A brilliant screenplay and no doubt an amazing stage production.  However, I don’t think that it translated so well to the big screen.  The film felt very claustrophobic and I was so relieved in the one scene where Meryl Streep’s character and another character go for a walk outdoors.

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The acting was superb, especially Philip Seymour Hoffman as Father Flynn and Viola Davis as the mother of the first black student at the school.  Meryl Streep did a good job as Sister Aloysious, who suspects Father Flynn of abusing the boy.  But she is such a strong actor that I couldn’t really ever get past seeing her and thinking, “That’s Meryl Streep acting like a really uptight nun.”

Still worth watching but maybe only a three out of four stars.

All in all, a relaxing Christmas.

 

Christmas Dinner

When people get married, they have to find a way to handle holidays with their two respective families.  Do they try to combine into a single, large celebration?  Or do they find a way to juggle the two families’ celebrations?

P1120959 In the case of my sister and brother-in-law, they have opted for the latter approach.  Holidays are alternated.  Thanksgiving was with my side of the family this year and Christmas Day will be with my brother-in-law’s family.  Because of that arrangement, we had our official Christmas Dinner on Christmas Eve.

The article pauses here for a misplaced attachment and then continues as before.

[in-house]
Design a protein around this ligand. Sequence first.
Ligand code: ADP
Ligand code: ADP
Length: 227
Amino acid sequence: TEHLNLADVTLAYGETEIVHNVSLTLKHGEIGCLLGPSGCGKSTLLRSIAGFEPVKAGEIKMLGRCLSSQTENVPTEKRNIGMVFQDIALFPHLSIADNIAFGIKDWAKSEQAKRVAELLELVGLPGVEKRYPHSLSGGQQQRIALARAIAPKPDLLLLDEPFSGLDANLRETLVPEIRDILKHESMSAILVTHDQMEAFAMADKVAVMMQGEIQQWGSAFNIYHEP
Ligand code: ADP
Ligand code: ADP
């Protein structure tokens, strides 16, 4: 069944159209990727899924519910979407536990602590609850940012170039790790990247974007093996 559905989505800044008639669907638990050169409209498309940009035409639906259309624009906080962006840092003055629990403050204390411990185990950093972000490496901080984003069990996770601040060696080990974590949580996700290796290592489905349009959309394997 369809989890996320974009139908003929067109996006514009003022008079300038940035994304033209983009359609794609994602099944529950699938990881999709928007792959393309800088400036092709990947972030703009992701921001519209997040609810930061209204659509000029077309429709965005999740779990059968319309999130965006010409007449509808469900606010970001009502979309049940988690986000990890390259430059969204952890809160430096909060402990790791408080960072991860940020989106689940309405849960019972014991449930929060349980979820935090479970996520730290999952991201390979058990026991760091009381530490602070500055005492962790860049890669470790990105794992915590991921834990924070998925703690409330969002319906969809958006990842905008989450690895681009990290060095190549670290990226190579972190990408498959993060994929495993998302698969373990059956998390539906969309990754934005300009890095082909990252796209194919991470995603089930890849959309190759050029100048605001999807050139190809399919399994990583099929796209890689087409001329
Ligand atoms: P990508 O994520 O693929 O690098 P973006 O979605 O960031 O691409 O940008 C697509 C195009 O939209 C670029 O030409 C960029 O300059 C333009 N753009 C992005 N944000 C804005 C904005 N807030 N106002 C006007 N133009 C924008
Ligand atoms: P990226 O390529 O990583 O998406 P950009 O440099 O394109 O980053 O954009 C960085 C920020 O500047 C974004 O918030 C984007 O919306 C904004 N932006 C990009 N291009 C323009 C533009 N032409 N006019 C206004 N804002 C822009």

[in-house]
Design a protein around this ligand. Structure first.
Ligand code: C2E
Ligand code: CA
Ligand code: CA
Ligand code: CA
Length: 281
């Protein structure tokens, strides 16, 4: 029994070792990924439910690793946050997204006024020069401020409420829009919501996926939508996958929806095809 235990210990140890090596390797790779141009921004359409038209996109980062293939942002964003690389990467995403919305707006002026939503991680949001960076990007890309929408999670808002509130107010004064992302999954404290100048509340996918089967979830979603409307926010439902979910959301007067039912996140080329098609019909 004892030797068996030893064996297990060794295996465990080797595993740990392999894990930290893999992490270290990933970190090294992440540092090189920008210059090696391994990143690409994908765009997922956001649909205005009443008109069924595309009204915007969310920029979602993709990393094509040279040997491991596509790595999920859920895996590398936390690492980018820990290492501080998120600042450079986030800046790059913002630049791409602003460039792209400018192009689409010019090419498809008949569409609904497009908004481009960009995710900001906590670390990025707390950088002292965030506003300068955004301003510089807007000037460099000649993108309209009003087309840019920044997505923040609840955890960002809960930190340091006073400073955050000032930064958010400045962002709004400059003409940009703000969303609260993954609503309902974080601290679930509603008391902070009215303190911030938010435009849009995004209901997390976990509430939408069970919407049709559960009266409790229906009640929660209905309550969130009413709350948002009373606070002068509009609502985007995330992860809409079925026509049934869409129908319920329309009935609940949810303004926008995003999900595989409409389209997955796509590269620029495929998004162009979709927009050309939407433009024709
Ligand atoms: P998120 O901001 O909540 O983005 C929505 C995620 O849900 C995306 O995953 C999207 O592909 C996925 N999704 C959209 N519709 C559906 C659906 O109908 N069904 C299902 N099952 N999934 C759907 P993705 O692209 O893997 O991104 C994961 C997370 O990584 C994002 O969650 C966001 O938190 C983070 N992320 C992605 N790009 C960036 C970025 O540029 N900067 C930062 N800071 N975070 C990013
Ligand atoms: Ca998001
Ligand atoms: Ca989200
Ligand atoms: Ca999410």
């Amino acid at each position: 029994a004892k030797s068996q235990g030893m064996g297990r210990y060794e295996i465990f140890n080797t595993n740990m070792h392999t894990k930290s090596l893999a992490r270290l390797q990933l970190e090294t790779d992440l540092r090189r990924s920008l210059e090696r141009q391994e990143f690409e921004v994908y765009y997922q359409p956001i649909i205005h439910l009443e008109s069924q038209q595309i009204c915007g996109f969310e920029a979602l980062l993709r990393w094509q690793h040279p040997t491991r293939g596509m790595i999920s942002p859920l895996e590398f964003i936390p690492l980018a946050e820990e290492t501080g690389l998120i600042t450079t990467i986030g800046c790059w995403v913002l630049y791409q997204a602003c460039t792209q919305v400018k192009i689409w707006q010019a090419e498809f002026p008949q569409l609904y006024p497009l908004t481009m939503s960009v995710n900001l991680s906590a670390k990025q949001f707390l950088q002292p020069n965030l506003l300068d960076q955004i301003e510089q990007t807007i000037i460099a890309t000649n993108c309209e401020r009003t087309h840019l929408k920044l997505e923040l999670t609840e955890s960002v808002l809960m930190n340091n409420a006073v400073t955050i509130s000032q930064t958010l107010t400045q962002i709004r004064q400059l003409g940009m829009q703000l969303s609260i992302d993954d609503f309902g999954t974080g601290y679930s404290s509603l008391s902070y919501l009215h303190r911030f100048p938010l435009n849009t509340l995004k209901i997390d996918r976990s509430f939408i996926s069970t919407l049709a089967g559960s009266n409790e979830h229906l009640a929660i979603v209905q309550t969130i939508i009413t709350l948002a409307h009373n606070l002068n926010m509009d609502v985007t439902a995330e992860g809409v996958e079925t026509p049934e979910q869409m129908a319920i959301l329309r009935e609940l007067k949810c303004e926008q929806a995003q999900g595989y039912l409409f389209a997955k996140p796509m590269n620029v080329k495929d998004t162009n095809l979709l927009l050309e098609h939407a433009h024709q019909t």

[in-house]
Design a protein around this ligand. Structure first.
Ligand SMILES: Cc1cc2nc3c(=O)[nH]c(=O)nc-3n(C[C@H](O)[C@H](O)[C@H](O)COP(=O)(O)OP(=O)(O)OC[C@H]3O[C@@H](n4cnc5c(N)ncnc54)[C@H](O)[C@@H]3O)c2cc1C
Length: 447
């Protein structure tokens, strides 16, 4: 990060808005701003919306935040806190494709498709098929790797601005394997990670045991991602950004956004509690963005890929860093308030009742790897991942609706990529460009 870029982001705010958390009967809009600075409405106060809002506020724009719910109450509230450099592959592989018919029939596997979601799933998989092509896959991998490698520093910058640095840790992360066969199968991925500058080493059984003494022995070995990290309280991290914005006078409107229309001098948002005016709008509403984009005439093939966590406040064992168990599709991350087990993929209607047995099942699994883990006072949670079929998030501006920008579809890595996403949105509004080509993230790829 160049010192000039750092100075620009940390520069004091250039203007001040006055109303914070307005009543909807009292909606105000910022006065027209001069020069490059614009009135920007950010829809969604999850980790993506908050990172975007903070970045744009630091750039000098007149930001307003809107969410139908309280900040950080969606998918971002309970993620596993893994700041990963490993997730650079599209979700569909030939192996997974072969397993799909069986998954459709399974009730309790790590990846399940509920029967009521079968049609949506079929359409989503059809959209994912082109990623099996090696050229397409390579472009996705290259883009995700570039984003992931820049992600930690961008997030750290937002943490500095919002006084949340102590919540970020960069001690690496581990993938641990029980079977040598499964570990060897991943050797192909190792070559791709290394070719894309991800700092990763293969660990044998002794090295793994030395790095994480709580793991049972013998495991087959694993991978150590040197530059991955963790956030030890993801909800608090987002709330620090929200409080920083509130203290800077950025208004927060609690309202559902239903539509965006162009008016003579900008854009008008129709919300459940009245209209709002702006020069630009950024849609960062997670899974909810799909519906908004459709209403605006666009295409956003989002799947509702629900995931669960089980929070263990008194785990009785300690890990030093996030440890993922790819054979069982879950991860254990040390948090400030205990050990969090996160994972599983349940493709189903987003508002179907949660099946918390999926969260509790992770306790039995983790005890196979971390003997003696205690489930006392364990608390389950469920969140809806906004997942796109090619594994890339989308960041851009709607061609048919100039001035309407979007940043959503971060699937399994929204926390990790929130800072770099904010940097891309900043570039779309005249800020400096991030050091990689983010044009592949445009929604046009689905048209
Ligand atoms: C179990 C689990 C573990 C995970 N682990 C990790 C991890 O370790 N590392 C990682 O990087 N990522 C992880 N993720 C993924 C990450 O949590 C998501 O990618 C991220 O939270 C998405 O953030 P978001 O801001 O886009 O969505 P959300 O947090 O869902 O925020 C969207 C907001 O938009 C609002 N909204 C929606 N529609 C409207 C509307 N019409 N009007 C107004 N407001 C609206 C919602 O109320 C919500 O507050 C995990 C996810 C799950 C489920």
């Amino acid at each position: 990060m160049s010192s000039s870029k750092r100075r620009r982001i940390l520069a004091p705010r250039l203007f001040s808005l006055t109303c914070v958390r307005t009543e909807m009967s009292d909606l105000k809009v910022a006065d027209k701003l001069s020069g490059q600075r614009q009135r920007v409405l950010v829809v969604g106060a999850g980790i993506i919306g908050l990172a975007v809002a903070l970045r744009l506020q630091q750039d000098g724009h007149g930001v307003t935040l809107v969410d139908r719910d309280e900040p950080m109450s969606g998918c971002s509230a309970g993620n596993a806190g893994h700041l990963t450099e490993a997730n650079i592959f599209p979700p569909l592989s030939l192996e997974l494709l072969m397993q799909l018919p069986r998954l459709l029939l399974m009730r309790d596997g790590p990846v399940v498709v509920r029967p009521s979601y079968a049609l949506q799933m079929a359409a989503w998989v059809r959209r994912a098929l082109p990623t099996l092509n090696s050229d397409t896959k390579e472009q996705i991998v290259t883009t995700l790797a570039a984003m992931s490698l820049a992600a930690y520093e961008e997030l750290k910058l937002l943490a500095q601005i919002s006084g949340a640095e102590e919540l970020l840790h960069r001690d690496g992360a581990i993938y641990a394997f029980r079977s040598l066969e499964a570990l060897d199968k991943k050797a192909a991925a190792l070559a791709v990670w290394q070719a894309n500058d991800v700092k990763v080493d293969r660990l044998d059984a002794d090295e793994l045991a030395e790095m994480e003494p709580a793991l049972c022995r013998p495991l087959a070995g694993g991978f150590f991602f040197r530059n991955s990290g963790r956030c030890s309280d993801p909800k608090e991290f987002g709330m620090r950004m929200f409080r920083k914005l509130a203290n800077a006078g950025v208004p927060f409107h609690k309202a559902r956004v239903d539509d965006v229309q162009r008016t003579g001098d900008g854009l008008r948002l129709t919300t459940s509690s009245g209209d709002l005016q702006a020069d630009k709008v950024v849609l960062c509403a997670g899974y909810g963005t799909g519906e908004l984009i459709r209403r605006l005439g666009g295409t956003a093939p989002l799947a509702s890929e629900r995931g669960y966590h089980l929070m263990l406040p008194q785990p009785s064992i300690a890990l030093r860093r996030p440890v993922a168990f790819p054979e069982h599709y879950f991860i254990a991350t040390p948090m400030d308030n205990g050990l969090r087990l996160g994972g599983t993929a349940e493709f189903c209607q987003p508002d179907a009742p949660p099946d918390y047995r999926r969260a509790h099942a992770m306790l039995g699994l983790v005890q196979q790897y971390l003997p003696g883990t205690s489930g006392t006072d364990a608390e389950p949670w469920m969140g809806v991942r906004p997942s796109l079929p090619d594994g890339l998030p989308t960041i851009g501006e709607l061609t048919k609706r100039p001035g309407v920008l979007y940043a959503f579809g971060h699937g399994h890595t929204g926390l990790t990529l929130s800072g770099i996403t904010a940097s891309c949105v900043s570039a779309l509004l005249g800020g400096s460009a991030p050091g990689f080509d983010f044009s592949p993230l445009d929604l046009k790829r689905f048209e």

We will do another Christmas Dinner, a more casual one, at my grandmother’s house on Thursday.

Before I tell you about dinner, though, we were met at the airport Tuesday evening by my sister, two nieces and mother, left.  It was dark already and very cold, but they braved the thirty-minute drive to the airport to be there as we walked off the plane.

What a nice way to be welcomed to the chilly midwest!

After an easy dinner we put the girls to bed and then discussed the Christmas Eve menu.  My mother and sister had planned it out and done the shopping, so I volunteered to cook.  The menu:

  • A leg of pastured lamb my parents had brought over form a butcher in Indiana, roasted in a rosemary-garlic rub
  • A grilled pork tenderloin in a mustard and honey marinade
  • Traditional mashed potatoes
  • Roasted carrots with a light maple syrup glaze
  • Leafed Brussels sprouts with bacon